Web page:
Humpbacks pass through Walker Bay on their way north. They migrate to warmer water near the equator to mate and have their calves. Male Humpbacks are known for their “complex songs, sometimes lasting 10 to 20 minutes and repeated for hours”.
Next, we encountered several playful Bryde’s whales – pronounced “brutus”. Intelligent creatures, they knew the boat wasn’t “of the sea” but were curious and played cat and mouse with Miroshca. They came close to the sides and front of the boat, disappeared, and returned again later. Sometimes viewing is better from the lower deck. It was hard to see them from my perch on top.
Bryde’s whales live in Walker Bay year-round. They’re smaller than Humpbacks and Southern Rights and named after John Bryde, a Norwegian whaler who was consul to South Africa. During the whaling era, Byrde set up whaling ports “to capture whales and sell their baleen, oil, blubber, and other parts for money”. In 1912, he financed the first scientific investigation of whales in South African waters.
Southern Rights with Calf
We encountered Southern Rights near the end of the trip. They were playing in the surf close to shore. There were several of them and a calf. One suddenly breached, and it was absolutely stunning!!!
Of all the whales, Southern Rights were the friendliest. They’re distinguished by the callosities (calluses) on their head. They came close to the boat as if they wanted to play. One rolled over on its back.
One explanation for their name is “whalers identifying them as the ‘right’ whale to kill on a hunt due to their plentiful oil and baleen”. During summer, Right Whales feed offshore near Antarctica. In winter, they return to nearshore waters like Walker Bay.
Beloved Southern Rights choose Walker Bay as a favorite spot for mating and calving. They don’t feed during winter. Females produce a “single offspring every three to four years”. The average gestation period from conception to birth is about twelve months. After mating, females return in a year to give birth to their calves.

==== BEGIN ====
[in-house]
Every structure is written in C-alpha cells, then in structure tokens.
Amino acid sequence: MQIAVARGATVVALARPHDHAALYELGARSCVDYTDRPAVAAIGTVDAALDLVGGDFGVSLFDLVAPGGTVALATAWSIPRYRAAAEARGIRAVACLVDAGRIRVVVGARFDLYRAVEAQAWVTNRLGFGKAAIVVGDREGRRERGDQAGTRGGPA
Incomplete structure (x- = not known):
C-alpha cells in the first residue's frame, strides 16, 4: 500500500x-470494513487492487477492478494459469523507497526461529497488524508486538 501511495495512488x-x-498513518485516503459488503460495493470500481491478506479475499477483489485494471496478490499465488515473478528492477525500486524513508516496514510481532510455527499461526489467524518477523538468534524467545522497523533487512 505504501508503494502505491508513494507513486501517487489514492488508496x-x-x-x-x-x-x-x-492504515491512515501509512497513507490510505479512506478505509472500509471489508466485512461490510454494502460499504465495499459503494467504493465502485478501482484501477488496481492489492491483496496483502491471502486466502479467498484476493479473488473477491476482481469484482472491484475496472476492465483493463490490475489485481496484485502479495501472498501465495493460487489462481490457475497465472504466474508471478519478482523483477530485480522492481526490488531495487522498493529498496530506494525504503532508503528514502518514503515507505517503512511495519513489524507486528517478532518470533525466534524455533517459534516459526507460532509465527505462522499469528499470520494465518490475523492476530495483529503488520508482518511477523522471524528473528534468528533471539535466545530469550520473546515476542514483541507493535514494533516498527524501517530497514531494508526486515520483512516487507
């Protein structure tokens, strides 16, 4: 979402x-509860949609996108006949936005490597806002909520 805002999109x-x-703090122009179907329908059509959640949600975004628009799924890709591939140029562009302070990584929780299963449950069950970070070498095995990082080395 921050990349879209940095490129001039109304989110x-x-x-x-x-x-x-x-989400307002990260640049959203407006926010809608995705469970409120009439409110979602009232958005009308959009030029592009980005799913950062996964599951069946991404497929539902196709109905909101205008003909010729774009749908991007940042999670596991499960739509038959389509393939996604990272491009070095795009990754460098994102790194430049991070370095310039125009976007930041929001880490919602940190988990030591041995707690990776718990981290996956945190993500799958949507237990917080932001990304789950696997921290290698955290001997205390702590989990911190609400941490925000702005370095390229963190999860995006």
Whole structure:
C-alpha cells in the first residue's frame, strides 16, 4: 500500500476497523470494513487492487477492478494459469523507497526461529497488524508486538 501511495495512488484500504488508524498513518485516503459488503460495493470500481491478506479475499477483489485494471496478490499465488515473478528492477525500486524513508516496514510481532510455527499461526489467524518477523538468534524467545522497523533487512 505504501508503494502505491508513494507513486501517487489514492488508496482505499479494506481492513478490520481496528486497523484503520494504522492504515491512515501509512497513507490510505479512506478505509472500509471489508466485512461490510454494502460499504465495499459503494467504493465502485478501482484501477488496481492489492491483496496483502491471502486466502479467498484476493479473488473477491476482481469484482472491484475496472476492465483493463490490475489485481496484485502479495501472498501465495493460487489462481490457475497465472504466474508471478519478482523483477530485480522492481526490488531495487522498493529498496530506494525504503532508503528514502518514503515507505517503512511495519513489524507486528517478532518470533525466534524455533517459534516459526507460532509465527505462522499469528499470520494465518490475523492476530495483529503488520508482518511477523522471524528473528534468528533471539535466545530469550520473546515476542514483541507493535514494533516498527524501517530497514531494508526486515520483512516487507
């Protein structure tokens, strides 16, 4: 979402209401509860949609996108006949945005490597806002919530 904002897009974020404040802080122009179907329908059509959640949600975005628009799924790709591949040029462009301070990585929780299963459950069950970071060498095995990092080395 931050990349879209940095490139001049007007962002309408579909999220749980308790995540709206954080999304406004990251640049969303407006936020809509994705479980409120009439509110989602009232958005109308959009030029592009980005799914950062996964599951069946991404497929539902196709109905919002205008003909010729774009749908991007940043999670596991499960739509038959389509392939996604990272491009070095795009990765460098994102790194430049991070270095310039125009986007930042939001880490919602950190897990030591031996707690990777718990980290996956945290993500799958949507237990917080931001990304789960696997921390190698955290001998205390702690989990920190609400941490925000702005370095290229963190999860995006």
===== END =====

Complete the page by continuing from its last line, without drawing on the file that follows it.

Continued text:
The mother nurses her baby, and is the calf’s sole source of food, training, play, and protection. When born, calves are about 16 feet long and weigh around 2000 lbs. They can grow an inch in length and 130 lbs. in weight per day – “making them double in length and increase five times in weight in a year”! Whale milk is extremely high in fat content, and calves can suckle 160 gallons of milk per day.
Southern Right calves need from three to six months to get strong enough for the swim back to Antarctica. They stay with their mother for about twelve months, sometimes longer. They’re considered “mature” after 10 years. The average lifespan of Southern Right whales is 100 years!
Sea Swell and Seasickness
At sunset we headed back to New Harbor in a heavy swell. During the ride, about half the passengers on board got seasick. Fortunately, I didn’t. It was amazing to see the whales and other marine life so close – beautiful and hard to describe… The swell was way too heavy for kayaks, but I’m scheduled for a kayak trip next week and hoping it’s a go then! Today the wind is ferocious!